Newsom parrots that 1 out of 25 death row inmates are innocent. Nonsense.

    The current claim by death penalty opponents (DPO) is that 164 (1.8%) (13) were “exonerated”, wherein DPO thought it a good idea to redefine both “innocent” and “exonerated”, as redefining lie as truth, and then stuck a bunch of cases into those “revised” definitions (13,14,15).

    NY Times reported “innocent” claims to be 71% false (16). Today, that being 116 false claims of the 164 claimed “exonerated”, or 48 (0.6%) proven innocent, all of whom have been released (16). The false claims of innocence range from 71-83% (17) .

    That deception is the foundation of the 1 out of 25 “study” (18).

    We might have proof that innocents were executed as recently as 1915 – two brothers from South Carolina (19). Tragic.

    The major innocents problem, nationally, as within California, is this:

    Since 1973:

    21,000 innocents have been murdered by those KNOWN murderers that we have allowed to murder, again – recidivist murderers (20);

    440,000 innocents have been murdered by those KNOWN criminals that we have allowed to harm, again – recidivist criminals (20).

    Living murderers harm and murder, again. Executed ones do not.

    Where are the innocents at risk?

    No deterrence

    The deterrent effect of severe sanctions and severe negative incentives has never been negated and cannot be. The evidence that some are deterred is overwhelming (21). The evidence that none are deterred is non existent (21).

    Absent the death penalty/executions, we risk sacrificing more innocent lives. With the death penalty/executions, we “risk” saving more innocent lives.

    Pick your risk.

    Nobel Prize Laureate Gary Becker: “the evidence of a variety of types — not simply the quantitative evidence — has been enough to convince me that capital punishment does deter and is worth using for the worst sorts of offenses.” (NY Times, 11/18/07)

    “(Becker) is the most important social scientist in the past 50 years The NY Times, 5/5/14

    Bias against the mentally ill

    Newsom is, fully, aware that competency is considered pre trial, trial and within appeals, to determine if the defendant/convicted party is, legally, competent to be held responsible for their crimes.

    Polling

    Poll support is 70-80%, with actual cases (22). For example, ask: Do you support a death sentence in cases wherein children have been raped/tortured/murdered? With answer options of — sometimes — always — never.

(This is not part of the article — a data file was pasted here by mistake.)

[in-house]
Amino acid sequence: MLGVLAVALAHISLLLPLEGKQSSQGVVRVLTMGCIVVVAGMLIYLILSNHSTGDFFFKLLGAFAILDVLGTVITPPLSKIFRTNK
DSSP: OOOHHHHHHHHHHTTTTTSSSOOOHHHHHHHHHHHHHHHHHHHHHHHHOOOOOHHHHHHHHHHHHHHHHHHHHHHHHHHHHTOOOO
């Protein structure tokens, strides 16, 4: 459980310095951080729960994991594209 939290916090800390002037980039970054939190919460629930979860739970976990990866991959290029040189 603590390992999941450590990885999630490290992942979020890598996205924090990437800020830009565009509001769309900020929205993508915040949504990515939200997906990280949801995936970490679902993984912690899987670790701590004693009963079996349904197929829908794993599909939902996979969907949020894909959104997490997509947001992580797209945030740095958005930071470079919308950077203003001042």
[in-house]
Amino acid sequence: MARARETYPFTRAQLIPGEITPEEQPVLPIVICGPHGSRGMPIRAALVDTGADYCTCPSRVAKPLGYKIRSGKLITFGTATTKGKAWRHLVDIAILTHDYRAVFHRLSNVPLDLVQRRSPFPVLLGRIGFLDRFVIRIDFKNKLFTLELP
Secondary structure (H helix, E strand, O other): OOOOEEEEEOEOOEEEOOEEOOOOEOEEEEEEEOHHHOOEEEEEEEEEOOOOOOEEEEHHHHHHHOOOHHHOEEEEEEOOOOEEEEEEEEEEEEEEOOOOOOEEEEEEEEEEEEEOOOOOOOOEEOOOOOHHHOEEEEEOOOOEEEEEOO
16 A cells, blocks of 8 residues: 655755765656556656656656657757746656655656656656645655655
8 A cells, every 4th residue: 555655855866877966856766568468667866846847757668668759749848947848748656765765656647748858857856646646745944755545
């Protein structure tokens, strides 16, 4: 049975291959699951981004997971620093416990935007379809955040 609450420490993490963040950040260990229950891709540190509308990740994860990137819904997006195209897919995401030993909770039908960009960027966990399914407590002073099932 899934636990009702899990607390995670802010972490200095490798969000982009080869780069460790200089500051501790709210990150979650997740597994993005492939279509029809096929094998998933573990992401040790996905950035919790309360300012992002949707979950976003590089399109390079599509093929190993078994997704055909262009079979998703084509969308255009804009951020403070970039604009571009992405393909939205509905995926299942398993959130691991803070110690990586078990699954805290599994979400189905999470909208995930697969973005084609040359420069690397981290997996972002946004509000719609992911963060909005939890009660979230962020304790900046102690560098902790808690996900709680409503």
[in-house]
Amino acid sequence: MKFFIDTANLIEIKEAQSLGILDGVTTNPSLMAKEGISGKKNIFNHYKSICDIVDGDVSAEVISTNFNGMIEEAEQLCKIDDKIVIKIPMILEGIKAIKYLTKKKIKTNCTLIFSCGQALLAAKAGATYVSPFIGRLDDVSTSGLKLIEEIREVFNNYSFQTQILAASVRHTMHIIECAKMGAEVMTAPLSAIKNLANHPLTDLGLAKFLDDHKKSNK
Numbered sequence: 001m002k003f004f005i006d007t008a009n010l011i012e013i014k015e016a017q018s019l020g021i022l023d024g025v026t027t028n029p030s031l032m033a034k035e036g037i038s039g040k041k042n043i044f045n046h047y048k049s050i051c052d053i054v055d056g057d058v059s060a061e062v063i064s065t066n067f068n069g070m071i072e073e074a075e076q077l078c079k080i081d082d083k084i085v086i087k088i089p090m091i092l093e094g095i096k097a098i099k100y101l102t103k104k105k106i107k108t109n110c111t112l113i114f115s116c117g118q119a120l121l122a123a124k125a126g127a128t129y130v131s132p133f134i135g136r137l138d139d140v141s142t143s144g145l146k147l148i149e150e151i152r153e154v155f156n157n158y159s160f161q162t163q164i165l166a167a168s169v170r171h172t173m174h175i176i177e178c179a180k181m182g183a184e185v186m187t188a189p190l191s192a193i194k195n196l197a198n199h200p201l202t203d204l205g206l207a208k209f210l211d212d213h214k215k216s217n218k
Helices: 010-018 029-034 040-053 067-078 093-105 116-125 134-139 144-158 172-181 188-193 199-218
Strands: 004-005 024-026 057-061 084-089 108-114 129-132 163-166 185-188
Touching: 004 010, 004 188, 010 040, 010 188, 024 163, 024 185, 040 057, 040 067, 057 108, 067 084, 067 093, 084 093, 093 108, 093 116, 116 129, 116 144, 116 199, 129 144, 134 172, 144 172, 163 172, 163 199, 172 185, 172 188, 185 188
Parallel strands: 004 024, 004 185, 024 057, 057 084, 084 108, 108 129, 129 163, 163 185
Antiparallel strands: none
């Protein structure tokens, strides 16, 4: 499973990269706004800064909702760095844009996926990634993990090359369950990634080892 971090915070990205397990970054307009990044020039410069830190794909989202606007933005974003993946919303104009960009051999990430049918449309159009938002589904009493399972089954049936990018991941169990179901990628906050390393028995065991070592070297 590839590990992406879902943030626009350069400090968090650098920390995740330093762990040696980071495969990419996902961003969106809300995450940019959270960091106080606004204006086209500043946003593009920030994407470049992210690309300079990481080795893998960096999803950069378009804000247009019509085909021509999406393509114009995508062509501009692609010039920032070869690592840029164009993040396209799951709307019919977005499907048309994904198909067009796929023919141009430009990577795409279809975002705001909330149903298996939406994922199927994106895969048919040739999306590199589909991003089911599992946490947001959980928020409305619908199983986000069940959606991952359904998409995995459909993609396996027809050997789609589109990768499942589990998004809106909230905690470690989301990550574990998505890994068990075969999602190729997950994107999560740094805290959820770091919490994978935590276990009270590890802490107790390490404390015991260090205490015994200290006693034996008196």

Execution support was 81% for Oklahoma City bomber Timothy McVeigh, with near equal support over all demographics. 58% of those who OPPOSE execution, supported McVeigh’s execution (23) – the “sometimes” component is huge.

    Death penalty problems? Nope. Management problems

    Human management is irresponsible, not the death penalty. Newsom is oblivious.

    Responsible management exists in Virginia. Since 1976, Virginia has executed 112 murderers, within 7 years of FULL appeals, on average (24).

    Had California management been responsible, as Virginia, there would, now, be 47 murderers on death row, not 737 (25).

    Newsom has shown his contempt for truth, justice, jurors, citizens, innocent rape/torture/murder victims and their survivors.

    Murderers and their advocates are jubilant.

    Footnotes upon request sharpjfa@aol.com

  2. I’ve never forgotten how Newsom LIED about the death penalty before he was elected and then totally traumatised those victims’ families after getting them together under false pretences. I’m glad someone is trying to thwart him in court. Best idea: Recall this lying scumbag.

    1. I haven’t forgotten either he didn’t waste any time breaking his promise and proving everything he said about honoring the will of the people on capital punishment was a flat out lie. If he’s not lying he’s deceiving or twisting the narrative to fit his personal agenda.

  3. Lets be real shall we? To date there are 707 residents on Death Row in California and out of 707 under 50 of them are affirmed. For those of you who know everything and nothing at the same time this means they have exhausted all appeals and can actually be executed. I know what you are thinking. Well we should kill them faster. We cannot because we make mistakes and the death penalty is very final. I can hear your thoughts on this as well. ” Every inmate says they are innocent”. Actually No every inmate does not and even if they did. Vicente Benavides was 68 years old when it was found that while he was accused of raping and killing his girlfriends 2 year old daughter in 1993. the baby was actually harmed by the medical professionals inserting a catheter. It took 25 years to free him. If we executed faster he would be dead. Sadly there are many others like Vicente that are innocent and have lived a life of misery in a cage for decades while you foamed at the mouth to watch them die. NOW lets talk about the victims families that you are so concerned for. When you give a death penalty it causes families to believe this event must happen for them to receive ” justice” and more than likely they will never see said event in their lifetime so you leave them walking around with this huge open wound their whole lives. If at some point they want to forgive the offender or even have a conversation with them they cannot due to the numerous appeals the resident of death row has. If you gave the offender a sentence any sentence other than death the family would find peace and closure. So dont speak about victims families unless you have been a victims family member that had to go through a death penalty. Gavin did the right thing.